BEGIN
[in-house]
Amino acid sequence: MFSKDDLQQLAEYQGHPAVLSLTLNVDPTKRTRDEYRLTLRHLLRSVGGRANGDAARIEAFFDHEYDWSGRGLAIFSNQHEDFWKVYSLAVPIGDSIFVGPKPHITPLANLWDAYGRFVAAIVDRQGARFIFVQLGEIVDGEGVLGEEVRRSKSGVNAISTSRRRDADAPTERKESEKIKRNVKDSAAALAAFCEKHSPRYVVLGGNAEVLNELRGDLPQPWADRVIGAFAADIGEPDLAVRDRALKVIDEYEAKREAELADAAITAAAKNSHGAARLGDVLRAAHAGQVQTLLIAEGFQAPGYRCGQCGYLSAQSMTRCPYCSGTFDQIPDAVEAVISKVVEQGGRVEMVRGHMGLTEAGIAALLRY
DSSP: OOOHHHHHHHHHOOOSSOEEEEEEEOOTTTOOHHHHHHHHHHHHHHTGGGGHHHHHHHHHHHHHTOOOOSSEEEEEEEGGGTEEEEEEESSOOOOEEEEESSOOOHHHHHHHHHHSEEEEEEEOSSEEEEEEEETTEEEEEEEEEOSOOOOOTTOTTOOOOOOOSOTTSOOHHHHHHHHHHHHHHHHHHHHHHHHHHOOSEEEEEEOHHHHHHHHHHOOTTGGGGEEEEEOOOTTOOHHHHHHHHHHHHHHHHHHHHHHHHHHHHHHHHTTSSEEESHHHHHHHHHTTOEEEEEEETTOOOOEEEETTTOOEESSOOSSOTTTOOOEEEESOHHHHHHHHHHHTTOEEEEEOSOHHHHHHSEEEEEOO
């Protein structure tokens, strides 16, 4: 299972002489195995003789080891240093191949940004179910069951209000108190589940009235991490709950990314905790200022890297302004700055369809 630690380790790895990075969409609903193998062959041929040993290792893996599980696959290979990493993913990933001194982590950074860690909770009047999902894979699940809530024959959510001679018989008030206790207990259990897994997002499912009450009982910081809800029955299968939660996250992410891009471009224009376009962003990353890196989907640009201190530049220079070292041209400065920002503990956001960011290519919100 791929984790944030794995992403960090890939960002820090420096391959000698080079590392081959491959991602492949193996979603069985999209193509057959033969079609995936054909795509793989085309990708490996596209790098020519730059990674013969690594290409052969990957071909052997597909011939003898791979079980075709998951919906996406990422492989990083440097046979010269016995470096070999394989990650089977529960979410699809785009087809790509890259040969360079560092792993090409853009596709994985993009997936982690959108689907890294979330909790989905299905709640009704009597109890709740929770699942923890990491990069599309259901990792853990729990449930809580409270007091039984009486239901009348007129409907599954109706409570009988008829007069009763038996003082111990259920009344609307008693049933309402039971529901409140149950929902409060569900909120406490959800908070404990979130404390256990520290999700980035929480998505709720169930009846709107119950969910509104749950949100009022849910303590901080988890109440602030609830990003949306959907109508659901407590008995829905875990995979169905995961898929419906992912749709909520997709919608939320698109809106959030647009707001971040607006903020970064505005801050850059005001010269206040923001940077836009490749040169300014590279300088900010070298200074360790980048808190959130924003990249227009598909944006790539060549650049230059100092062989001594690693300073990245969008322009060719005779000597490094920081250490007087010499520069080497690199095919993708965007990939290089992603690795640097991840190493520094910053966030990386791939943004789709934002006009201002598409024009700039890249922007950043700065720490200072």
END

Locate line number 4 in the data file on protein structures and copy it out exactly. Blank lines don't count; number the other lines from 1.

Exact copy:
């Protein structure tokens, strides 16, 4: 299972002489195995003789080891240093191949940004179910069951209000108190589940009235991490709950990314905790200022890297302004700055369809 630690380790790895990075969409609903193998062959041929040993290792893996599980696959290979990493993913990933001194982590950074860690909770009047999902894979699940809530024959959510001679018989008030206790207990259990897994997002499912009450009982910081809800029955299968939660996250992410891009471009224009376009962003990353890196989907640009201190530049220079070292041209400065920002503990956001960011290519919100 791929984790944030794995992403960090890939960002820090420096391959000698080079590392081959491959991602492949193996979603069985999209193509057959033969079609995936054909795509793989085309990708490996596209790098020519730059990674013969690594290409052969990957071909052997597909011939003898791979079980075709998951919906996406990422492989990083440097046979010269016995470096070999394989990650089977529960979410699809785009087809790509890259040969360079560092792993090409853009596709994985993009997936982690959108689907890294979330909790989905299905709640009704009597109890709740929770699942923890990491990069599309259901990792853990729990449930809580409270007091039984009486239901009348007129409907599954109706409570009988008829007069009763038996003082111990259920009344609307008693049933309402039971529901409140149950929902409060569900909120406490959800908070404990979130404390256990520290999700980035929480998505709720169930009846709107119950969910509104749950949100009022849910303590901080988890109440602030609830990003949306959907109508659901407590008995829905875990995979169905995961898929419906992912749709909520997709919608939320698109809106959030647009707001971040607006903020970064505005801050850059005001010269206040923001940077836009490749040169300014590279300088900010070298200074360790980048808190959130924003990249227009598909944006790539060549650049230059100092062989001594690693300073990245969008322009060719005779000597490094920081250490007087010499520069080497690199095919993708965007990939290089992603690795640097991840190493520094910053966030990386791939943004789709934002006009201002598409024009700039890249922007950043700065720490200072």